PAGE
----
Sussex held together by Cottey's century

Leicestershire 320 Sussex 340-5
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The Independent Online

Things did not go quite according to plan for title-chasing Sussex, who had hoped to bat only once against a side heading for a relegation scrap.

They still might. But while Tony Cottey continued a fine run of form with his third century in four innings, collectively his team underachieved and may need the little man from Swansea to score almost as many today if they are to construct a match-winning lead.

A tendency for the odd ball to shoot along the ground was the only criticism of an otherwise benign track. However, in the searing heat that preceded an overcast end to the day, Sussex made harder work of overtaking Leicestershire's first-innings 320 than had been anticipated.

Sussex had no need to rush but their progress was pedestrian in the extreme, providing the least desirable backdrop to such a stifling day, to which a three-and-a-half-hour fifty from Richard Montgomerie was hardly an antidote.

Cottey is in tremendous form, having come into this match on the back of scores of 188 against Warwickshire and 107 and 98 against Essex, which means his last four innings have so far yielded 530 runs. But such was his attention to careful application it was some time before he played a shot to quicken the pulse.

None the less he held Sussex together after a mid-innings wobble threatened to put Leicestershire in control and add value to Phillip DeFreitas's century of the previous day.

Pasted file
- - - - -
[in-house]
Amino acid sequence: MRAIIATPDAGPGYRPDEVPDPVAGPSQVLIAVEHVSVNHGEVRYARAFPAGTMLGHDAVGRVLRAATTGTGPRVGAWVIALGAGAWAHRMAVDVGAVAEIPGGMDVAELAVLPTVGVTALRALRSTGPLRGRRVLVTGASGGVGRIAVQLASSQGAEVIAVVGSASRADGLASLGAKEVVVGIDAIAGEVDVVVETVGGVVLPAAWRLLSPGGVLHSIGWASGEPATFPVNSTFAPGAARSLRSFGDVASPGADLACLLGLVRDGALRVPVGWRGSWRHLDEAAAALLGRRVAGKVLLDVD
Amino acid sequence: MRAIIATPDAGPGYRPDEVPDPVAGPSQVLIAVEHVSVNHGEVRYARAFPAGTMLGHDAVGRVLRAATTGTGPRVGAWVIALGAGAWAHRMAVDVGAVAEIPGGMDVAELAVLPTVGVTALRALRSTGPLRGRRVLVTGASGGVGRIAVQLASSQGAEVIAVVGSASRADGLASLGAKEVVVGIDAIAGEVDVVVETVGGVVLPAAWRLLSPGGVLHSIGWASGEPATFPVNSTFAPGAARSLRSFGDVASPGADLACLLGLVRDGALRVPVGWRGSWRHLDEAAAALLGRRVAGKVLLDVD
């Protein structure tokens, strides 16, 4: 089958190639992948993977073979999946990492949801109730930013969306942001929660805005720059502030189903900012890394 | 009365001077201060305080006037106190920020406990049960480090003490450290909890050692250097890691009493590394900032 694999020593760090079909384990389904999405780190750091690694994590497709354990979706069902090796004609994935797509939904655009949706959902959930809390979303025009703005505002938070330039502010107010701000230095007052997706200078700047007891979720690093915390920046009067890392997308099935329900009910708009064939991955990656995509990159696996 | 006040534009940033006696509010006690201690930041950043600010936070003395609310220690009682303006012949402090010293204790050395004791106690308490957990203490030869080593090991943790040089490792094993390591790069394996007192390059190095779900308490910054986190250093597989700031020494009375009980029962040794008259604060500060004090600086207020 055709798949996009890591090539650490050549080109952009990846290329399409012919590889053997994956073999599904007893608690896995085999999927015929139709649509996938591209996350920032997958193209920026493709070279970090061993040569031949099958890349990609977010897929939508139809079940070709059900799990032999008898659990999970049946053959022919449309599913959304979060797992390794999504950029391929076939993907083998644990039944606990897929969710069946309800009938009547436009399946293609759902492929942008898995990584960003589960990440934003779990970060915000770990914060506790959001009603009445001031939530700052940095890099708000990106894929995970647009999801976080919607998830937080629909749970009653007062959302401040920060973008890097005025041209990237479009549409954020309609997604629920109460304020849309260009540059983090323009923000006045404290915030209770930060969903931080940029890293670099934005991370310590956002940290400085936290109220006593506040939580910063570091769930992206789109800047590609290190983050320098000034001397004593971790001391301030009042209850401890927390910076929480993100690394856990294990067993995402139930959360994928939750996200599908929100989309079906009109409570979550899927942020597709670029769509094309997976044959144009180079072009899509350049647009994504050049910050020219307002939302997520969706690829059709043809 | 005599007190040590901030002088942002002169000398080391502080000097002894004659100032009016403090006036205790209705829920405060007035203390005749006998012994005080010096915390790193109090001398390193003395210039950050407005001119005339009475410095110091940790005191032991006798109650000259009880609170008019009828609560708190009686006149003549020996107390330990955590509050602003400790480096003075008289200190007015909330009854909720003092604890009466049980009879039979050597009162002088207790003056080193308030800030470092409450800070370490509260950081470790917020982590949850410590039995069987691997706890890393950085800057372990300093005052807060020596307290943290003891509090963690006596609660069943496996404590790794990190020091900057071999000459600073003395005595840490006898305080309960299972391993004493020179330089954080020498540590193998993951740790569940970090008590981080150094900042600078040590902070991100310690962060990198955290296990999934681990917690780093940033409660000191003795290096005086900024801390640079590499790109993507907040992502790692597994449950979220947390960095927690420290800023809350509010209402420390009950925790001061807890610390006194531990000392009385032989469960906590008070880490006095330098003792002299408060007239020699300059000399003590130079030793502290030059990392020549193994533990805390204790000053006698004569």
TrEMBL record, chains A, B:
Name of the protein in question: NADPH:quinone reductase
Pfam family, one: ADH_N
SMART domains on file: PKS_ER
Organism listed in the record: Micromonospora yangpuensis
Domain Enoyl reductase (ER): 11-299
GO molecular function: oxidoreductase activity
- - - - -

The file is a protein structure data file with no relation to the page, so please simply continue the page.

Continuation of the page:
It was DeFreitas' bowling which rattled Sussex soon after lunch. After a second-wicket stand of 103 with Cottey, Montgomerie was at last beaten by the Leicestershire captain and there was a bonus two balls later when Chris Adams was leg before without scoring. Within another hour, Sussex were five down and still 105 runs behind.

Charlie Dagnall's dismissal of Tim Ambrose was soon followed by that of Robin Martin-Jenkins. But Cottey's concent- ration never wavered, even when the fringes of a storm twice interrupted play.

Having completed a 177-ball hundred containing 14 fours and a six, he took fresh guard against a wilting attack and after six hours at the crease was unbeaten on 137 at the close, ably supported by Matthew Prior, who has made 68, in an unbroken partnership of 125 that put Sussex 20 runs in front.